Author Nicky Hager has hit out at the New Zealand Defence Force statement that rubbishes his allegation Afghanistan civilians were killed in a New Zealand SAS raid.
The investigative journalist yesterday released his new book called Hit & Run in which he claims former Prime Minister John Key signed off on a raid by the SAS in Afghanistan that was in retaliation to a Kiwi soldier’s death.
He claims six civilian villagers were killed and 15 injured in the raid and alleges that the SAS burnt up or blew up about a dozen houses. Mr Key has yet to respond to the allegations.
Prime Minister Bill English today that “these are not new allegations or assertions” and that “we’re not going to be rushed into some new inquiry”. He said he would be receiving a briefing today from officials on the allegations in the book.
Mr Hager told Breakfast this morning the information on the raid had been “locked down” by Defence Force authorities, and called for an inquiry.
It was only when Mr Hager and co-author Jon Stephenson were approached by members of the SAS and others who felt “guilty” they became aware of what happened, he said.
The operation happened after New Zealand soldier Lieutenant Tim O’Donnell was killed in an incident in Afghanistan in August 2010.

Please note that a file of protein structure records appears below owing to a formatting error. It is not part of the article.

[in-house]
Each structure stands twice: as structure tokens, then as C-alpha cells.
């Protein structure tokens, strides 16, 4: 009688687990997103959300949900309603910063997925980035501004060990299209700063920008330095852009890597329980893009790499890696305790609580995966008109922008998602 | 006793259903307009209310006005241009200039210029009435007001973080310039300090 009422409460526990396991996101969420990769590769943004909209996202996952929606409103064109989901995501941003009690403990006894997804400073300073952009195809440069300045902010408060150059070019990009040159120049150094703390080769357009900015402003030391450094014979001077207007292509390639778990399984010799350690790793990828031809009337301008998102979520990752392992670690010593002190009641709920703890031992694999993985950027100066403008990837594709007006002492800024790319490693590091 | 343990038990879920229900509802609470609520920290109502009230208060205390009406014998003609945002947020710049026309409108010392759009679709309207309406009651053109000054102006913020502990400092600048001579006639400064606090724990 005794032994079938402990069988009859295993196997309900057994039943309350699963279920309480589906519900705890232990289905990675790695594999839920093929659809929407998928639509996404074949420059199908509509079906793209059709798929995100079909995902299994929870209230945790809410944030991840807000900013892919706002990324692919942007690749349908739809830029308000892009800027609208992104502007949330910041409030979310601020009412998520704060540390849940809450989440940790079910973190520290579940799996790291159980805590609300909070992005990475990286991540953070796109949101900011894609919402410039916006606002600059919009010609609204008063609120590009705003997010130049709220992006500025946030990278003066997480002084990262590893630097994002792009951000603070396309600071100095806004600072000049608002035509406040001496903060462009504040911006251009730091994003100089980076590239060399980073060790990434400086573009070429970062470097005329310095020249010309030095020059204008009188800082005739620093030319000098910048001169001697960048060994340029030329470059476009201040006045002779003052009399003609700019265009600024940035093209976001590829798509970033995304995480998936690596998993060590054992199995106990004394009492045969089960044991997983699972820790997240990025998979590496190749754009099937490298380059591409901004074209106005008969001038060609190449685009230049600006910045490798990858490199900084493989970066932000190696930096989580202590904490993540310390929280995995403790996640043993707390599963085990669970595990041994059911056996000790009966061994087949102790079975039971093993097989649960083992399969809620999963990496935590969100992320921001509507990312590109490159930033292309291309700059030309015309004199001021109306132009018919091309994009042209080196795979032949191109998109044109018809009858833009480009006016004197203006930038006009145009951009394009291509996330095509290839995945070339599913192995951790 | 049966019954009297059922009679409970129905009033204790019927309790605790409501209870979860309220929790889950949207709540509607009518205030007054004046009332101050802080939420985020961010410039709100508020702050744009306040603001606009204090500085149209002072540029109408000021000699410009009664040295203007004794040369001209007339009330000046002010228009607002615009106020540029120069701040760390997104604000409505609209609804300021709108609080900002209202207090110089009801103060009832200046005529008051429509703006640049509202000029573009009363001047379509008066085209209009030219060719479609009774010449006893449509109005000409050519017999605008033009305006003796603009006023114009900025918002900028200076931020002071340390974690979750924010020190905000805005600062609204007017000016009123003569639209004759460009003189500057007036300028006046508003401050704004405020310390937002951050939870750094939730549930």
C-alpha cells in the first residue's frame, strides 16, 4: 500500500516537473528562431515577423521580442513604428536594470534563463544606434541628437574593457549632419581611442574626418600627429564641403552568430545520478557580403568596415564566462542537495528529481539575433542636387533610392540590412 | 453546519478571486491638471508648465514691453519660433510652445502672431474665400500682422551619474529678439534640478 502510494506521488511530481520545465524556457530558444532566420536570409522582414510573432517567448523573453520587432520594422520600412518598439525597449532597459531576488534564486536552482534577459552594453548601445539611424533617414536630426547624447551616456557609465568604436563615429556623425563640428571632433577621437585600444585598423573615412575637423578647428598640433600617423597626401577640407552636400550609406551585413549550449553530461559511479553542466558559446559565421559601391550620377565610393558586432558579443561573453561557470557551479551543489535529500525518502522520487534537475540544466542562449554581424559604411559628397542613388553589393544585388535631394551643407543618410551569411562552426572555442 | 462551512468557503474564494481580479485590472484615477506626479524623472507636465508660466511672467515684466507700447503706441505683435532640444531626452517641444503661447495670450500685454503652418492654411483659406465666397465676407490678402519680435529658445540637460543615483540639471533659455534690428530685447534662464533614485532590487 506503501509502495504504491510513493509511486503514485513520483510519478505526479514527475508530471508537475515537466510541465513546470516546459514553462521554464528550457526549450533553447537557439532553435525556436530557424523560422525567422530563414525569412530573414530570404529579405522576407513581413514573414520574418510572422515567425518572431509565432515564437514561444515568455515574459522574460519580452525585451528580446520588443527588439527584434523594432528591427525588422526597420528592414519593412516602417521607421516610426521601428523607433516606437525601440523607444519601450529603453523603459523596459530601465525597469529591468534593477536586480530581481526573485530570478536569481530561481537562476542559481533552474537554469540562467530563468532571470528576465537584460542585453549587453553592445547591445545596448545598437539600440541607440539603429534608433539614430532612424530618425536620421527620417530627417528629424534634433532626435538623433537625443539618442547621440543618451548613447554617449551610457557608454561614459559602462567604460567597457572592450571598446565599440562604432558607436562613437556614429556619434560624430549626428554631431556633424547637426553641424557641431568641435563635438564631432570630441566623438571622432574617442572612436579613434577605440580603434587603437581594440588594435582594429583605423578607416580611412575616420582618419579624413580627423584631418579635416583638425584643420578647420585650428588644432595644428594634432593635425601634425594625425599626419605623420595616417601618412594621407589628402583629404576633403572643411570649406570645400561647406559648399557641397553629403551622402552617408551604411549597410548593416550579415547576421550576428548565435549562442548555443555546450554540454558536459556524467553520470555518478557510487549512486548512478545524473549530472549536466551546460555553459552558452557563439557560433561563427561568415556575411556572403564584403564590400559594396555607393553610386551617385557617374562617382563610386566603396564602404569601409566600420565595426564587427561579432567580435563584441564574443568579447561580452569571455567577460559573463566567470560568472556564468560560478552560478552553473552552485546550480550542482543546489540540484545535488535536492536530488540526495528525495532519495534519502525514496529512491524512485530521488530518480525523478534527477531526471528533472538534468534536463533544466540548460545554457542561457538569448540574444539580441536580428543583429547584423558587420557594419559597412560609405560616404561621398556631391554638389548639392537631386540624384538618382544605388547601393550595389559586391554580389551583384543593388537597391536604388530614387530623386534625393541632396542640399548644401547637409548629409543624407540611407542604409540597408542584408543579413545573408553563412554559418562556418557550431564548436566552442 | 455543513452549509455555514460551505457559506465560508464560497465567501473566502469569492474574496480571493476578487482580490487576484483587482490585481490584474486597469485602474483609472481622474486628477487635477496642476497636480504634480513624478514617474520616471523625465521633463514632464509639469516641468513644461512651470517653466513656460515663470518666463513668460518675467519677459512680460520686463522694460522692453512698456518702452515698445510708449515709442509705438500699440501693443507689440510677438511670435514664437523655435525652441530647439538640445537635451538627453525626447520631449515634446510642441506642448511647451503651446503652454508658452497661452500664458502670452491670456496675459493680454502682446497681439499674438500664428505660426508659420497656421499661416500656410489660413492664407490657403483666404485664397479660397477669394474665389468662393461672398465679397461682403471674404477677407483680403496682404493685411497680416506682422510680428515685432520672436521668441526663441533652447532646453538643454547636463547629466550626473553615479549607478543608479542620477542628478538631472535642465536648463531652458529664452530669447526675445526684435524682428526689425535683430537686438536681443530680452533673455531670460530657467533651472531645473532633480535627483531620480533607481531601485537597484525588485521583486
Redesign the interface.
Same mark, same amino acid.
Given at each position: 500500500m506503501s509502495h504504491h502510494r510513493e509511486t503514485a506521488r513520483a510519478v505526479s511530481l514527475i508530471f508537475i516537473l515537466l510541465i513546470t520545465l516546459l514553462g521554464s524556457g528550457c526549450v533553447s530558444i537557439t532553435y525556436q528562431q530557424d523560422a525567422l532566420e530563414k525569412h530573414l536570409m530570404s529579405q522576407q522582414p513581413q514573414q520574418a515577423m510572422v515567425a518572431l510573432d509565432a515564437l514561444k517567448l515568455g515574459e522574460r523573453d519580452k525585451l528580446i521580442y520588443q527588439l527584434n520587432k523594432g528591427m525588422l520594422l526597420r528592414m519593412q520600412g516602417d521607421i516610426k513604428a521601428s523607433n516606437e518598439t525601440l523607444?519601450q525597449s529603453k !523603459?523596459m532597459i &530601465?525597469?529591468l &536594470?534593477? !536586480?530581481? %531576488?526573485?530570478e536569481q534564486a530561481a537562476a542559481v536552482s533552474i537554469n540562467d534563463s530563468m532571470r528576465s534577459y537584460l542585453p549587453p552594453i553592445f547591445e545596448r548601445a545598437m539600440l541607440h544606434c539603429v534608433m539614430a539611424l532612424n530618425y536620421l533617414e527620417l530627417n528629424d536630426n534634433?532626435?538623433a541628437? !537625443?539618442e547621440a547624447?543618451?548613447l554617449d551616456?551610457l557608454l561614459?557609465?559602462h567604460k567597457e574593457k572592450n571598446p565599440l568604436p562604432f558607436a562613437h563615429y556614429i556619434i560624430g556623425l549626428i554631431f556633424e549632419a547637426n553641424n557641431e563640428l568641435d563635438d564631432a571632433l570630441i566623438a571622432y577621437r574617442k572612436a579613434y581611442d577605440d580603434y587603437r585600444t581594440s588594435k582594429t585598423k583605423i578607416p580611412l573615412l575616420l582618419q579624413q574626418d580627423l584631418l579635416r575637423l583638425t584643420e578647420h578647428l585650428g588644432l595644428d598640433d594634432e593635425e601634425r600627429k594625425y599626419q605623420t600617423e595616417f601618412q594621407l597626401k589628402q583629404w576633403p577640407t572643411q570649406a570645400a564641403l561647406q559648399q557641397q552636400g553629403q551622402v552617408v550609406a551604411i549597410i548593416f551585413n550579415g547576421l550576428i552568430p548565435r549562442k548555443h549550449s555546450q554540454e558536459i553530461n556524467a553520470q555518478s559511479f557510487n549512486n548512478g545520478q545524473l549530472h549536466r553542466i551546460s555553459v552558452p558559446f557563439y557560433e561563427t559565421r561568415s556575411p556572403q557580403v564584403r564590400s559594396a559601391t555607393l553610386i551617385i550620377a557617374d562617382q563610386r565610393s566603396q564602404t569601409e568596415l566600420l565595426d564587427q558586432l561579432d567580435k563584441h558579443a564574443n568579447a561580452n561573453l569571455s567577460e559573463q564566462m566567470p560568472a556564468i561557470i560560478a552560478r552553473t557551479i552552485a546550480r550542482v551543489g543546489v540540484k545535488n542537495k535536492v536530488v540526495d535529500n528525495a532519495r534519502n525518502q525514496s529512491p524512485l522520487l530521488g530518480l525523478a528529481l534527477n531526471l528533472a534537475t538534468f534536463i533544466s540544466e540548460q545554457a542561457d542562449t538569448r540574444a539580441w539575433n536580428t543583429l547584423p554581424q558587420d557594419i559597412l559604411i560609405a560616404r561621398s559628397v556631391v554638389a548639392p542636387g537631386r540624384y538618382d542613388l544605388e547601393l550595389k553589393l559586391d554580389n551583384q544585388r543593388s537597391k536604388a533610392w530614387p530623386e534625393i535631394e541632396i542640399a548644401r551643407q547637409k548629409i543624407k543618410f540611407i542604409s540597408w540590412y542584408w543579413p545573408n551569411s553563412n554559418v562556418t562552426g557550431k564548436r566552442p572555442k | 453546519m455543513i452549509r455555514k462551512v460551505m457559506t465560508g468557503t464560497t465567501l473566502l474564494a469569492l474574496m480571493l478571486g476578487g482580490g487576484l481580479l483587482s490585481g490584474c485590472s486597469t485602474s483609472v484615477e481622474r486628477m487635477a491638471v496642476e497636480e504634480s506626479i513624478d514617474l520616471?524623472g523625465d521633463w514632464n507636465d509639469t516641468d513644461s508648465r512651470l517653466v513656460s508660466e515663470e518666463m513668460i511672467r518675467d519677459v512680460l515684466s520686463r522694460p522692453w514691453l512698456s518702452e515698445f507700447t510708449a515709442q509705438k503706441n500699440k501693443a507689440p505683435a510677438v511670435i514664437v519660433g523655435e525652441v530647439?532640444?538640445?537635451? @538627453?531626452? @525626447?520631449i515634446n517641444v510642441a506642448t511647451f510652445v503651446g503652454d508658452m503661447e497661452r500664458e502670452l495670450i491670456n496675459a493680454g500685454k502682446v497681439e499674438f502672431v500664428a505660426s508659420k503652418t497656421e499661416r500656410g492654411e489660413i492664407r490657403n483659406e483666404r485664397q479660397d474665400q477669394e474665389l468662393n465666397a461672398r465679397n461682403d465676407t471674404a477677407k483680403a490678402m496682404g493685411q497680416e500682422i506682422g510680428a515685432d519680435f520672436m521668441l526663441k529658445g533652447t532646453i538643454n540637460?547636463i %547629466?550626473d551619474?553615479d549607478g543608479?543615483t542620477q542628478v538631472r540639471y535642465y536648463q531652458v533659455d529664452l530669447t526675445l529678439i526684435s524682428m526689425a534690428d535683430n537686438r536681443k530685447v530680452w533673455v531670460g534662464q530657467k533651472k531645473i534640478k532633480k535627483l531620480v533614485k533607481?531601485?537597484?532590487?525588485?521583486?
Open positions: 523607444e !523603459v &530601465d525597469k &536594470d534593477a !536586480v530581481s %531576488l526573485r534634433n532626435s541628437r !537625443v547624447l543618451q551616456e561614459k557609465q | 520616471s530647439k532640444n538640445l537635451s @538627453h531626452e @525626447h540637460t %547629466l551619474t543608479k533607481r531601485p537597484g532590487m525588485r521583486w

The allegation by Hager and Stephenson is that 19 days after that, SAS troops conducted a raid effectively in retaliation for that to try and find the insurgents responsible.
Mr Hager alleged the operation went wrong due to “rage, rashness and lack of care” taken by members of the SAS.
“They blew up houses, they burnt down houses. This is not how NewZealand military normally works,” he alleged.
Mr Hager said he and his co-author had been in contact with families of those who had apparently been injured or killed.
“This is a stain on our country that needs to be sorted out,” he said.
“It’s time New Zealand finally faces up to this and apologises.”
“The investigation concluded that the allegations of civilian casualties were unfounded”
Mr Hager’s response came after the New Zealand Defence Force released a statement, which said, “New Zealand personnel conducted themselves in accordance with the applicable rules of engagement.”
It stood by a 2011 statement which read, “following the operation, allegations of civilian casualties were made. These were investigated by a joint Afghan Ministry of Defence, Ministry of the Interior and International Security Assistance Force (ISAF) assessment team, in accordance with ISAF procedures.
“The investigation concluded that the allegations of civilian casualties were unfounded.”
It said the Defence Force does not, “undertake investigations or inquiries into the actions of forces from other nations”, as it was the role of the Afghan-ISAF investigations, after Mr Hager asked for an investigation into the incident.
He questioned whether the New Zealand Defence Force were aware of his claims after the response from its statement released.
“Maybe they haven’t been told the truth,” Mr Hager alleged.